Twofer Tuesday: Dans les arbres and Miguel Flores

Dans les arbres | Volatil

Volatile may refer to this single track album’s recording situation – live, a first for Dans les arbres.  The prolifically touring quartet offers a recording set of fifty three minutes and change.  Though the structured improv is airy, spacious and largely sparse, there isn’t a dull moment.  Right away the listener must attempt a cognition of what just made that tree frog chirp noise?  The esoteric turbulence clamoring onward has an inscrutable dynamic that necessitates a suspension of disbelief.  

Charles (clarinet), Grydeland (guitar), Wallumrød (piano) and Zach (percussion) complement each other with such fluidity and tension that the listener has to deconstruct their own biases when absorbing what is playing out before them.  One may feel set about the forest (as the group’s English translation, ‘In the trees’ suggests).  The vague use of pauses (for instance around minute fifteen) and mood shifts (at thirty-four mins.) generates a convoluted drama.  The plot however is as cabalistic as the reinterpreted instrumentation.  Certainly there is upheaval.  There is a nod to slanted space-jazz.  A linear circumvolution revealing that which, as a whole, serves a flexion for the audience – an exercise in experiential auditory chimera.

Miguel Flores | Lorca – Lost Tapes (1989-1991)
Buh Records (LP/DL)

The first two of Miguel FloresLost Tapes feature the album’s definitive acoustic guitar and experimental electronics.  This initial pair of previously unpublished recordings usher listeners into the magical realism of their inspiration: Federico García Lorca’s stage.  The source tape turned digital in lush translation [I can only imagine the mystique of these recordings on vinyl!], palpable is the material in these recordings!  The melody reciprocates in I between Andean-style guitar work and piano.  II has a mellow-dramatic Area 51 meets old-western essence.  Wailing frequencies soar over a methodical finger-plucking.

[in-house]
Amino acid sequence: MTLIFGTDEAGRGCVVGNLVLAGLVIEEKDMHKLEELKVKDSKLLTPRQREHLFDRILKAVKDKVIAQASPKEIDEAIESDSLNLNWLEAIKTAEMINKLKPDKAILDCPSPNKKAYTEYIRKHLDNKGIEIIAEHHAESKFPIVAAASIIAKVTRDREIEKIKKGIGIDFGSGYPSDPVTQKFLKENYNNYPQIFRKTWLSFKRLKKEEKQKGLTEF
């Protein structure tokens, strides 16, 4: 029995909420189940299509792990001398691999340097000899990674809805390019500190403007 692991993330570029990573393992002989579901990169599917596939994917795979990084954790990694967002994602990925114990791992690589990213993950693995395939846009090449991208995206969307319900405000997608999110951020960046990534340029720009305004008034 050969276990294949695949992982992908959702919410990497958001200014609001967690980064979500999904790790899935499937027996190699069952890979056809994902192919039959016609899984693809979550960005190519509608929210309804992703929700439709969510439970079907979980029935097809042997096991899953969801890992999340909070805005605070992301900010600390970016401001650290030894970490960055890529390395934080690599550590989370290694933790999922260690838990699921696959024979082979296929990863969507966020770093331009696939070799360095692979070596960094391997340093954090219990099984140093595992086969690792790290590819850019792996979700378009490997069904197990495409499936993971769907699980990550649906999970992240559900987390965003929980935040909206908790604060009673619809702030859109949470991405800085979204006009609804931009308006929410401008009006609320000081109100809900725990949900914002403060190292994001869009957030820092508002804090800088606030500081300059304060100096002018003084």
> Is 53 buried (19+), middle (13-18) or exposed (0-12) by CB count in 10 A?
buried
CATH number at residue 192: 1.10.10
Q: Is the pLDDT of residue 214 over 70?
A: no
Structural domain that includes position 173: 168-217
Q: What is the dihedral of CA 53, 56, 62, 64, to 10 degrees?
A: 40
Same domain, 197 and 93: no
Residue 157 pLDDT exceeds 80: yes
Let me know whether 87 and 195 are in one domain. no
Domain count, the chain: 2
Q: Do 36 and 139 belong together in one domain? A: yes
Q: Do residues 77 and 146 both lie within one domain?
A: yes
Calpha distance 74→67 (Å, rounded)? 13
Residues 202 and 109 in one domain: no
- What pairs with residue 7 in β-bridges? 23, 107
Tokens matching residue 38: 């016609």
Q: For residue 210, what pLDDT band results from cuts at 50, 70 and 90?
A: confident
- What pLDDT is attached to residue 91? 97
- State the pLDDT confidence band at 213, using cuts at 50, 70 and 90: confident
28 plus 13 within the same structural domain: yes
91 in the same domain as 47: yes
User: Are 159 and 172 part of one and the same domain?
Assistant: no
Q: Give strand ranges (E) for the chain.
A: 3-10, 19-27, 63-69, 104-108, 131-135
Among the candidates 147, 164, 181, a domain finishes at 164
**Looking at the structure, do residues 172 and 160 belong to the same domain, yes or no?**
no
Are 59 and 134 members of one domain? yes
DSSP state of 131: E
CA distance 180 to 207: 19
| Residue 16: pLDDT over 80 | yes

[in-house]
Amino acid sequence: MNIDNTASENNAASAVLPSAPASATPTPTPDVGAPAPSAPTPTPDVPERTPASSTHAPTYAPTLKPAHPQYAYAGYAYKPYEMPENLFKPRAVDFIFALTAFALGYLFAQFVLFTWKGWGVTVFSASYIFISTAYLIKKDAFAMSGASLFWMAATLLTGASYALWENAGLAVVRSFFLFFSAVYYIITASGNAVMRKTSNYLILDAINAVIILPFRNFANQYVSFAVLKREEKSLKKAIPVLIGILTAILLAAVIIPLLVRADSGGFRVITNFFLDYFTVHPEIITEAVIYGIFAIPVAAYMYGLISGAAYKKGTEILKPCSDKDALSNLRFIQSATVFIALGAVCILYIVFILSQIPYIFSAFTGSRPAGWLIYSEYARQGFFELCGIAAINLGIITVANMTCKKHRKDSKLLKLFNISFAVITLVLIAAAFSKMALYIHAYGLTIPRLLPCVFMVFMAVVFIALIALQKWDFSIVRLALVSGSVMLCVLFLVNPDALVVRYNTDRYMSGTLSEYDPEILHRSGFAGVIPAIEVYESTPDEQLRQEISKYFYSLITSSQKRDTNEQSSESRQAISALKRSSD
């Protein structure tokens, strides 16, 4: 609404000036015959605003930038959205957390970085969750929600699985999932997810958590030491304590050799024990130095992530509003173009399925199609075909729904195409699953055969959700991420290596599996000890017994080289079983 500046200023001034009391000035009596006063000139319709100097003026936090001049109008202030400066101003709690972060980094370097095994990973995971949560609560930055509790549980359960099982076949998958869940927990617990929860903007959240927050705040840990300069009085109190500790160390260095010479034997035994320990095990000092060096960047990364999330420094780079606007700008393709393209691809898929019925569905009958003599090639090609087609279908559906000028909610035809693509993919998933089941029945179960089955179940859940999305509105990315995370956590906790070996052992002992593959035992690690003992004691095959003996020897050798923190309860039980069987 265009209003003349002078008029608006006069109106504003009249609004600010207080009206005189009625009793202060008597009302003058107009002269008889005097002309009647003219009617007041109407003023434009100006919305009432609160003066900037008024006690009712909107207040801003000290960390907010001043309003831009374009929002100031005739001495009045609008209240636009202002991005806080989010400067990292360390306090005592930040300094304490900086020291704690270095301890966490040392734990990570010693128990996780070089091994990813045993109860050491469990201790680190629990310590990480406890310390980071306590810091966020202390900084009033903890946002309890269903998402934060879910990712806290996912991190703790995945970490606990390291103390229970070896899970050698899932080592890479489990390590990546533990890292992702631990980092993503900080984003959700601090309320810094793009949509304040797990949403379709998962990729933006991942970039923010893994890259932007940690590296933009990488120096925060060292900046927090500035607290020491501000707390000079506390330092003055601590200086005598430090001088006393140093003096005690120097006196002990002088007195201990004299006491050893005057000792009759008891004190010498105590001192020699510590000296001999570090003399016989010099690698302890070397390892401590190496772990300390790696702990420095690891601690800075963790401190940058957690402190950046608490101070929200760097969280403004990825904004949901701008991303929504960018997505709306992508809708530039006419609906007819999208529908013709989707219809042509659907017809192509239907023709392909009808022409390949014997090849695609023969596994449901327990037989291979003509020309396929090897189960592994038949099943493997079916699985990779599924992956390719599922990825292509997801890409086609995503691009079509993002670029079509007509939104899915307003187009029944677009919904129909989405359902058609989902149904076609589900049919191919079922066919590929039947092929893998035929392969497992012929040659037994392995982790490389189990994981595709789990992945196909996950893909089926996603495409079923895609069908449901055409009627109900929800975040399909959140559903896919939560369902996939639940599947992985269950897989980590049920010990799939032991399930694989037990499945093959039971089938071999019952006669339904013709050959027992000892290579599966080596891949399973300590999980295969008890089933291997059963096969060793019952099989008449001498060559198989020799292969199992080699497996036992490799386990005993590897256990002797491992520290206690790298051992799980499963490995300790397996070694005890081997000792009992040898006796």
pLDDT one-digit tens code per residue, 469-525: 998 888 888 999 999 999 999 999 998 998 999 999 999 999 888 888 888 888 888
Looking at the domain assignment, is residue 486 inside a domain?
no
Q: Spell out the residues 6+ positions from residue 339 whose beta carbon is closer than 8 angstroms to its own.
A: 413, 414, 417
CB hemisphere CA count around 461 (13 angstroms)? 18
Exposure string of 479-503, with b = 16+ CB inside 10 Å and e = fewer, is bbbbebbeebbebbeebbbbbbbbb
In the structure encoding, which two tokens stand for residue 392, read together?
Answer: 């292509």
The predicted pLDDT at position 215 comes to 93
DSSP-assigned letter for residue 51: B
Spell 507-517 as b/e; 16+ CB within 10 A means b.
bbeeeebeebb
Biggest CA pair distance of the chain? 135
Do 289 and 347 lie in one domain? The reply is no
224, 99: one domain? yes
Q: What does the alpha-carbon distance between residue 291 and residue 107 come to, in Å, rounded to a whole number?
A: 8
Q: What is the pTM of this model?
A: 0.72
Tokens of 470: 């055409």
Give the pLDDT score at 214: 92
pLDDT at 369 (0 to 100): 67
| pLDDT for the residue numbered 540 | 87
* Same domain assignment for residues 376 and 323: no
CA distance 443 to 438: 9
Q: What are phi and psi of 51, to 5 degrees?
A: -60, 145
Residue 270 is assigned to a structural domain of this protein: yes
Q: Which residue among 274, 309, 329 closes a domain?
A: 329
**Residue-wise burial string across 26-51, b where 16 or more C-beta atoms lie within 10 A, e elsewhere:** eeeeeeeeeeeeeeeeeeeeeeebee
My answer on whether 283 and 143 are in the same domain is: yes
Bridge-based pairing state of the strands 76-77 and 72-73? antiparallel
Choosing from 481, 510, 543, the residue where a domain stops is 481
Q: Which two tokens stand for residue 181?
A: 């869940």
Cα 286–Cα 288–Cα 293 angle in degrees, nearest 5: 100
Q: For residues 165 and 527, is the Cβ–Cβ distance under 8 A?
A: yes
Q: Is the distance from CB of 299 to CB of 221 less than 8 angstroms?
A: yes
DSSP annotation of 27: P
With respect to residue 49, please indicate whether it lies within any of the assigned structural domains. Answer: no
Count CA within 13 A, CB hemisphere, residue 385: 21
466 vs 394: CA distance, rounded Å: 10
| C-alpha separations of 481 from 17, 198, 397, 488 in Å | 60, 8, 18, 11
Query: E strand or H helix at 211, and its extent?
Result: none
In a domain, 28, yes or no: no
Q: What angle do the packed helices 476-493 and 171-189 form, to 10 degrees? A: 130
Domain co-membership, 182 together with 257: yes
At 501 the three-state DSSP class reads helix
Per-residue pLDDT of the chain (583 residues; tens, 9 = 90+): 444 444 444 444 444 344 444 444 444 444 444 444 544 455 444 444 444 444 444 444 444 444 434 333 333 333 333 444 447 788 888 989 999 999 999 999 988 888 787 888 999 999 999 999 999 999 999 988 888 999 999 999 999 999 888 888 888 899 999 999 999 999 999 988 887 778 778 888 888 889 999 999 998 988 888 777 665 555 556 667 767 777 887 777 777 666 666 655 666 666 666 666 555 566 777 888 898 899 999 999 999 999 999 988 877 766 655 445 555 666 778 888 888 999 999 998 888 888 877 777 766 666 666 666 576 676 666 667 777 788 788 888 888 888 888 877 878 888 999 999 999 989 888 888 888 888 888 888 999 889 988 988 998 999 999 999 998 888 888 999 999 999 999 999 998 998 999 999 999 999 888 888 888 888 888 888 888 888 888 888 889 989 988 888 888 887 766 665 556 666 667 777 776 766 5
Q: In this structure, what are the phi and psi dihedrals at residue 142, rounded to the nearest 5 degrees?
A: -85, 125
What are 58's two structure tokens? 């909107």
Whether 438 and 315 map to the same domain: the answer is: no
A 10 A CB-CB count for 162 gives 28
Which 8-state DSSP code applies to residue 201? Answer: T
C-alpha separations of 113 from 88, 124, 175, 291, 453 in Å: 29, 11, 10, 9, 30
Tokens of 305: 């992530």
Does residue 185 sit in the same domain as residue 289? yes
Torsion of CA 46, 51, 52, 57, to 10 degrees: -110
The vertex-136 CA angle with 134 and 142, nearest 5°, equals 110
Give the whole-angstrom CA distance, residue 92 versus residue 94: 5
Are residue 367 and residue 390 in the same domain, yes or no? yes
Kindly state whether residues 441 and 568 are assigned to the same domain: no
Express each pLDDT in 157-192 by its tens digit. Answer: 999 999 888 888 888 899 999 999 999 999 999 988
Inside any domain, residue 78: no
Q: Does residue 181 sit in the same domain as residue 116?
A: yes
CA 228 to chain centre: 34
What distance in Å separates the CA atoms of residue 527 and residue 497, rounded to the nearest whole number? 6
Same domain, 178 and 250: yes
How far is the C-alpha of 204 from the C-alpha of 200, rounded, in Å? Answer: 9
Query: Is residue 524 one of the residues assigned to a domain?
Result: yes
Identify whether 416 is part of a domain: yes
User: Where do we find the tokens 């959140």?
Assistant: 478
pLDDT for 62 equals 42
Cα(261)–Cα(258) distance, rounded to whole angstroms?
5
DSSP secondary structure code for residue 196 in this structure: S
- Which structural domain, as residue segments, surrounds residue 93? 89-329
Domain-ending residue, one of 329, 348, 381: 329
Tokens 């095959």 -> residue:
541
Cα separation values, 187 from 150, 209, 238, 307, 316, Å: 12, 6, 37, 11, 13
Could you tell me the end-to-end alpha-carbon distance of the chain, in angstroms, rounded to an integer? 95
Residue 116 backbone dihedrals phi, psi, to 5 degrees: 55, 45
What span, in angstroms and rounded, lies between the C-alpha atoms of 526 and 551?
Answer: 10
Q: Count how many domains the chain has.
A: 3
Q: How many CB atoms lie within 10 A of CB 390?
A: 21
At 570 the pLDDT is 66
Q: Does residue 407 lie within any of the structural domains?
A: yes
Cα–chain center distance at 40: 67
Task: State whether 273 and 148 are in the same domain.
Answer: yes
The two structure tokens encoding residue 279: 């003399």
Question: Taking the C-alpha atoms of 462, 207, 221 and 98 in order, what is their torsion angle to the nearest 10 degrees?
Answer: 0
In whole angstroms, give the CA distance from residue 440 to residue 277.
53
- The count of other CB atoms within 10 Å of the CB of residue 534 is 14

Charming synthesized horns supplant the guitar in the third track.  It only gets weirder in the fourth track where psychedelic vocals sound somewhat like throat singing yet bearing a semblance of buzzing flies that mingle with various latin percussions, flute phrases, even the occasional whistle.  V – a rhythmic interlude of sorts – gives way to the grisly VI.  Tape VII has the effect of transporting the listener to a first-wave computer room.  The analogue computing machines click away in mechanized lunacy.  A romantic gesture of the acoustic guitar returns in the final VIII.  

Both of the above albums release on the 18th October, 2019.

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